Australian Open: American men's run fueled by confidence, desire to be best

Ben Shelton, 19, is among three American men in the quarterfinals of the 2023 Australian Open. Photo by Joel Carrett/EPA-EFE
Ben Shelton, 19, is among three American men in the quarterfinals of the 2023 Australian Open. Photo by Joel Carrett/EPA-EFE

Jan. 23 (UPI) -- Three American men have reached the Australian Open quarterfinals for the first time in more than 20 years. The players say confidence and the desire to be their country's next tennis star are powering their surge.

No. 29 Sebastian Korda, Tommy Paul and Ben Shelton are the trio aiming for the Grand Slam's top prize. No American man has won a Grand Slam singles title since Andy Roddick at the 2003 U.S. Open. The recent trend of Americans crowding the quarterfinals could see that drought end soon.


"We've seen people we played our whole lives doing big things in big tournaments and say we can do that too," Paul, 25, told reporters Monday. "We push each other, not just results-wise, but we also talk to each other and help each other.


"It's a good group coming up. I want to be the best one in the group. Everyone wants to be the best. That's what makes it good. We are all competitive."

Paul, Korda and Shelton each will make ar first appearances in a Grand Slam quarterfinal.

Paul and Shelton will play each other, assuring at least one semifinal spot and getting the Americans one spot closer to ended the drought, which is largely due to the dominance of Novak Djokovic, Rafael Nadal, Roger Federer and Andy Murray over the past 20 years.

No American man has won the Australian Open since Andre Agassi (2003).

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Korda, 22, said close matches and disappointing losses to top players, like Djokovic, have helped hone his game into what it is today. The son of 1998 Australian Open champion Petr Korda and women's tennis player Regina Rajchrtova will face No. 18 Karen Khachanov of Russia for another semifinal spot.

"I've learned from all of the little moments I've gone through," Korda said. "Staying patient and staying positive, and just going through the process has really helped me going forward.


"Those kinds of losses hurt the most, but my parents and people around me have been really good at telling me to keep going and to stay positive and stay the course."

Shelton, 20, is the least-experienced American still remaining. Like Korda, his father -- Bryan Shelton -- also enjoyed a successful tennis career. Shelton said his lack of experience, support system and confidence have propelled his "surprising" run in Melbourne.

"I got on the plane with no expectations," Shelton said. "I know it is very hard to adjust to Australia from the U.S. ... It being my first time and never being out of the U.S., I knew it would be a struggle.

"It has helped me a little bit, not having that expectation, being able to go out there and myself and playing free has been a big contribution to my success.

"I feel pretty confident in my ability in hopefully the next few matches, I can go out there and last five sets with anybody."

Coach expects American champ

Famed coach Rick Macci, who runs a tennis academy in Boca Raton, Fla., watched Paul, Shelton and Korda throughout their development when he consulted for the United States Tennis Association.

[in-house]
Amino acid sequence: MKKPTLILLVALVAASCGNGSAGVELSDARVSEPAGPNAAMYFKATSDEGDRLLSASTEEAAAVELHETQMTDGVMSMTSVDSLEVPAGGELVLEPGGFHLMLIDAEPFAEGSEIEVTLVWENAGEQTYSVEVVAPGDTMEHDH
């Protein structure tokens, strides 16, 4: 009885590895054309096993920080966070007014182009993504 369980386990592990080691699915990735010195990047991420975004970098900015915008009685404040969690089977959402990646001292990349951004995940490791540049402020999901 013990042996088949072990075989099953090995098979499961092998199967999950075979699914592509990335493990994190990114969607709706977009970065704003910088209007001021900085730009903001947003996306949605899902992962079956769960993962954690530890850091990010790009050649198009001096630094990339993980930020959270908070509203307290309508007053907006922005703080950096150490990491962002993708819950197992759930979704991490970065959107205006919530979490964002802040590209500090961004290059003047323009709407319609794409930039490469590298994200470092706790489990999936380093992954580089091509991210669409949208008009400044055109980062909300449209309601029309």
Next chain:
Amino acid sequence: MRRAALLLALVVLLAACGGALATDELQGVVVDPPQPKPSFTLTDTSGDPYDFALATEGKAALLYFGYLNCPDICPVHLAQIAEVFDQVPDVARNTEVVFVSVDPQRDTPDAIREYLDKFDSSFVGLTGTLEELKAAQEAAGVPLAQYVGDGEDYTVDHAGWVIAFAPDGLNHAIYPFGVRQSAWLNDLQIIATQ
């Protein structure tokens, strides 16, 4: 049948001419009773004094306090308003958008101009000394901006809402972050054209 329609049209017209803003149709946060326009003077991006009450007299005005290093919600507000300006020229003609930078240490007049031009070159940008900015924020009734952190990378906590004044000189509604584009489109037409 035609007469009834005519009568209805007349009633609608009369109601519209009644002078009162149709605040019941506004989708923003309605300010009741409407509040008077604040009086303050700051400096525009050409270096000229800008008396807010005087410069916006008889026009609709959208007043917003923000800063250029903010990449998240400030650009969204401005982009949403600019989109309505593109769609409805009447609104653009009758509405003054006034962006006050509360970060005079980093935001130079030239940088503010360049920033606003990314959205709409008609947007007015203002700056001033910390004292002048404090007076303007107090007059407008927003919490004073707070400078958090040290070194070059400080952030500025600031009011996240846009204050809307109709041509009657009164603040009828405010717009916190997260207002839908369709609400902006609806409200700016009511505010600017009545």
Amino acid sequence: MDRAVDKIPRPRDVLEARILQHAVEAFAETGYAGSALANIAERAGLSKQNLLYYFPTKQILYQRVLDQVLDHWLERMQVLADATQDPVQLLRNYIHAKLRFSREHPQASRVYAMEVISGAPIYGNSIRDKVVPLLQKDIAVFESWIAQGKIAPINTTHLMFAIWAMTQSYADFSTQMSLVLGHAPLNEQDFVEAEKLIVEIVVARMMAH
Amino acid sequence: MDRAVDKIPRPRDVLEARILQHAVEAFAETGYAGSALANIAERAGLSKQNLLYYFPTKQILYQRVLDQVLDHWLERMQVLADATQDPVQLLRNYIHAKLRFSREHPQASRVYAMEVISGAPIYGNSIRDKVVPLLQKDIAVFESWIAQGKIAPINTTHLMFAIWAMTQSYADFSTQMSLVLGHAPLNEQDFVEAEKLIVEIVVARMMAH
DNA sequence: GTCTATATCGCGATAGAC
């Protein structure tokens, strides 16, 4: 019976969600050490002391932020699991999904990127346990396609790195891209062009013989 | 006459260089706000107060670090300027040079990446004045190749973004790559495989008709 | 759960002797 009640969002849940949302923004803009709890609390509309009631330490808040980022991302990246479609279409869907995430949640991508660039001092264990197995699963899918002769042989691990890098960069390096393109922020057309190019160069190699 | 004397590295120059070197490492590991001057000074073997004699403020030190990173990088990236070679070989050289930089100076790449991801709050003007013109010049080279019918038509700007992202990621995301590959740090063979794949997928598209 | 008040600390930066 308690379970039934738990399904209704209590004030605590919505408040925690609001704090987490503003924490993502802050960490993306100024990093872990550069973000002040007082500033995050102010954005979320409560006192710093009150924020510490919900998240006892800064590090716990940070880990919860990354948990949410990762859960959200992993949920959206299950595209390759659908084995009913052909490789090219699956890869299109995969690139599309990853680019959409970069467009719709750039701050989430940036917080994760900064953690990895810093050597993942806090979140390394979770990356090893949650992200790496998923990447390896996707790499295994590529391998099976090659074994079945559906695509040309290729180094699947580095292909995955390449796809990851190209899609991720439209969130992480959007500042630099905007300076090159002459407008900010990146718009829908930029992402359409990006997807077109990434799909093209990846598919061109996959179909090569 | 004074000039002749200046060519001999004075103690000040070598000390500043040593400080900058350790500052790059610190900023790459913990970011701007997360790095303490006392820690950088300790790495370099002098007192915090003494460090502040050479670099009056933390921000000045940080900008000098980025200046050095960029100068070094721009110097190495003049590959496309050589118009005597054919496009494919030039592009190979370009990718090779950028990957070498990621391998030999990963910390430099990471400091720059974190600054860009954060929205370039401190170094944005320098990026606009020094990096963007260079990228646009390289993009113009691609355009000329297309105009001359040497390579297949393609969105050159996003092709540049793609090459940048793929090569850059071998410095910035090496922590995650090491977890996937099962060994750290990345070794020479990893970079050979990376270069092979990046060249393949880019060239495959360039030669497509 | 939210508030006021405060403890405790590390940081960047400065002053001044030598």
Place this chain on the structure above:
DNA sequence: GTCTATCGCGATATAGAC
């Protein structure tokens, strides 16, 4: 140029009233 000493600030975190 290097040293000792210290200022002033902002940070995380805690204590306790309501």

He told UPI on Monday that he believes Federer's retirement and aging of Djokovic, Nadal and Murray should allow for an American man to claim a Grand Slam in the coming years.

"It's the best group of young Americans that we've had," Macci said. "And let's face it, the door is open. You've got Federer: exit stage left [retired]. With Rafa, it's tough to keep the legs up after all these years. Murray is kinda one foot out the door. And with Djokovic, he is not going to be there forever."

"This thing is so wide open, and it's a big difference mentally for all these guys," Macci said of the American men. "Here's the difference: They don't hope to do good. Now they expect to do good. And that's a whole different athlete. ... It doesn't surprise me, but I think the best is yet to come."

Either Djokovic, Federer, Nadal and Murray was the winner of 65 of the last 75 men's Grand Slam singles titles since Roddick won the most recent American crown in 2003.

American men won 28 of 53 Grand Slam singles titles before their current drought began. Pete Sampras, Andre Agassi and Jim Courier were responsible for most of the success throughout the 1990s.


No. 9 Taylor Fritz, No. 17 Frances Tiafoe, No. 39 Jenson Brooksby, No. 40 Reilly Opelka, No. 41 Maxime Cressy, No. 43 John Isner and No. 49 Brandon Nakashima have joined Korda and Paul among American players who have surged into the current Top 50 rankings.

Shelton and J.J. Wolf are likely to leap up those rankings with their runs in Melbourne.

"You look at the numbers from those four guys [Nadal, Federer, Djokovic and Murray] and it's almost not fair," said Macci, who coached Roddick from ages 9 to 13. "Could we have done better? Absolutely.

"But I think, because of that experience of playing against those guys when our guys were 18, 19, 20, now they have that experience and those guys are older.

"It doesn't surprise me that nothing has happened since Roddick, but there is a change and we are definitely going to have Americans win Grand Slams. They just have too much game. ... Plus, the big dogs aren't at the top blocking them."

Korda will face Khachanov on Monday night. The quarterfinal broadcast will start at 9 p.m. on ESPN2 and ESPN+. Paul is expected to face Shelton Tuesday on the same platforms.


The winner of the Shelton-Paul matchup will meet No. 5 Andrey Rublev of Russia and Djokovic in the semifinals.

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